Proxmox virtual environment, popularly known as Proxmox VE, is an open-source server virtualization software based on Debian Linux in conjunction with RHEL kernel, which is modified to permit you to generate and set up new virtual machines for private servers and containers with unified storage for improved efficiency.
This software offers two versions of virtualizations. The first is containers with LXC, and full virtualization with KVM comes as the second. Virtualization is the basis of cloud computing as it allows for more proficient usage of physical PC hardware.
Proxmox offers command-line tools and REST Application Programming Interface (API) for third-party apps. It also provides a simple method to install and run configurations on virtual machines from a web browser.
When it comes to features, it has a web-based administration interface, supports containers, has pre-installed apps that take a short while to be up and running; it also has full virtualization. Furthermore, Proxmox has live migration that moves running VM from one physical host to another without downtime. It also uses OVMF (Open Virtual Machine Firmware), a port of intel’s open-source TianoCore UEFI enactment to allow UEFI support for virtual machines.
Installing Proxmox VE on Linux
In this review, we will cover how to install the Proxmox VE server on a running instance of a Linux PC, and we will also stretch the article further to installing Proxmox on bare metal. So let’s get going.
Method 1: How to install Proxmox on a running instance of a Linux PC
This section will run down through a step-by-step installation of Proxmox VE software on your running Linux system. Typically, it is suggested to deploy a Proxmox VE server from a bare-metal_ISO_Installer, but it is sometimes unavoidable to set it up on a running instance of a Linux server.
For the installation of this software on Linux, you will need the following:
- Sufficient hardware resources to be utilized in virtualizing other OSs.
- The server requires internet access.
- A running instance of Linux.
- A 64-bit processor that supports Intel 64 or AMD64CPU extensions.
- Access to Linux server terminal as root or standard user with sudo.
Having met all the requirements, let us proceed with the installation process in the next section.
Step 1: Update your OS
As usual, the first step is to check if your machine is up to date. To do this, copy the following command:
sudo apt -y update
If there are updates, proceed with this step to help upgrade packages. If that is not the case, skip this step:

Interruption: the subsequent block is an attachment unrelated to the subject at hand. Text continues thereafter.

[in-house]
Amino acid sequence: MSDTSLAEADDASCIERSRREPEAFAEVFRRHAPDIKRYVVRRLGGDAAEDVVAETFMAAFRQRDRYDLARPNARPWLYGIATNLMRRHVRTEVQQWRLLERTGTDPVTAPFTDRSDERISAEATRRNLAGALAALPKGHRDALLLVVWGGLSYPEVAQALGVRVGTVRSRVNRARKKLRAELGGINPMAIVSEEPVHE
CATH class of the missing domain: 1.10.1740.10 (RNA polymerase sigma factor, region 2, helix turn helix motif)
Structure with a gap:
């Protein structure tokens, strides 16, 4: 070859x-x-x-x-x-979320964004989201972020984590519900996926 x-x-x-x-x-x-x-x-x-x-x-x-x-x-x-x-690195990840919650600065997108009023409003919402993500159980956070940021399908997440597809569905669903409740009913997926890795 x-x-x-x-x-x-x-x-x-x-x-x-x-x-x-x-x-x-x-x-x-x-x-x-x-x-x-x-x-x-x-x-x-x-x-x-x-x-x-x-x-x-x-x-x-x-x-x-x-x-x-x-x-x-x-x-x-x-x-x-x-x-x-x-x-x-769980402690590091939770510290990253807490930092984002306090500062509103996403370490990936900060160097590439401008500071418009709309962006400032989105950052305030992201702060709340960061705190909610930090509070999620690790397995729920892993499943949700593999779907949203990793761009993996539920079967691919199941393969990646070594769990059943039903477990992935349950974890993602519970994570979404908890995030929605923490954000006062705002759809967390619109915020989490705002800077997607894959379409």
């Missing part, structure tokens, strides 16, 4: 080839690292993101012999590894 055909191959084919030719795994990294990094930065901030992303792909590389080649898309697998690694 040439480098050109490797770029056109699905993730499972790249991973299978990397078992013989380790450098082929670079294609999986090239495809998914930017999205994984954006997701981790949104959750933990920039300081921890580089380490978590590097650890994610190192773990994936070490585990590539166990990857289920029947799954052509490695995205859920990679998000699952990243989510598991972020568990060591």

sudo apt -y upgrade
Once the update and upgrade processes are over, go ahead and reboot your server using the following command:
sudo systemctl reboot
Step 2: Set Proxmox Server hostname
in this step, we will set a hostname on the server using the following syntax:
sudo hostnamectl set-hostname fosslinux –static
Note: Ensure you replace “fosslinux” with the correct hostname you set up on your system.
After that, get the Ip address of the primary interface using the following command:
After that, update the data on /etc/hosts file with hostname and matching IP address for local resolution without DNS server.
sudo vim /etc/hosts
192.168.250.129 fosslinux.example.com fosslinux
Next, log out and back in to use your newly created hostname. To logout, use the following command:
After logging out and back, we will test if the configured hostname is OK using the following hostname command:
Step 3: Adding the Proxmox VE repo
Here, we will be appending the Proxmox server packages distributed in an APT repository. To do this, paste the following command in your terminal:
echo "deb http://download.proxmox.com/debian/pve bullseye pve-no-subscription" | sudo tee /etc/apt/sources.list.d/pve-install-repo.list
Then go ahead and import the GPG signing key:
sudo mv proxmox-release-bullseye.gpg /etc/apt/trusted.gpg.d/proxmox-release-bullseye.gpg
chmod +r /etc/apt/trusted.gpg.d/proxmox-release-bullseye.gpg
Upon importing the GPG key, run the following command to update your APT sources list
sudo apt update
After that, it is recommended to check whether packages need an upgrade or not. If there are, run the following command to upgrade the named packages:
sudo apt full-upgrade
Add Proxmox VE ceph Repository
We will install the Proxmox VE’s key Ceph repo that possesses the ceph packages for production use. To add on, you can use this repo only to update the Ceph client:
echo "deb http://download.proxmox.com/debian/ceph-pacific bullseye main" | sudo tee /etc/apt/sources.list.d/ceph.list
Step 4: Install Proxmox VE packages
We can now set up Proxmox VE packages with the repo already added to our Linux system. To attain this, copy the following commands to your PC:
sudo apt update
sudo apt install proxmox-ve postfix open-iscsi
The installation process will be faster or slower depending on several variables such as the internet connectivity and hard disk write speed. You should receive a postfix configuration window that asks the configuration method you want in your Proxmox ve while installing these packages.
Note: If you own a mail server on your web, you should consider configuring postfix as a “satellite system,” and your current mail server will be the “relay host,” which will route emails sent by the proxmox server to the end-user recipient. But if you are unaware of what to select here, select “local only.”
Next, confirm the system mail name/update appropriately:
Upon clicking “OK,” the installation will proceed. So, ensure that the installation carries on to the end without encountering any issues
After installation, restart your Linux system to boot with the Proxmox VE kernel. you can alternatively use the following command to restart your machine:
Next, you will check if port 8006 is bound to the Proxmox Proxy service using the following command:
ss -tunelp | grep 8006
Step 5: Web interface access of Proxmox VE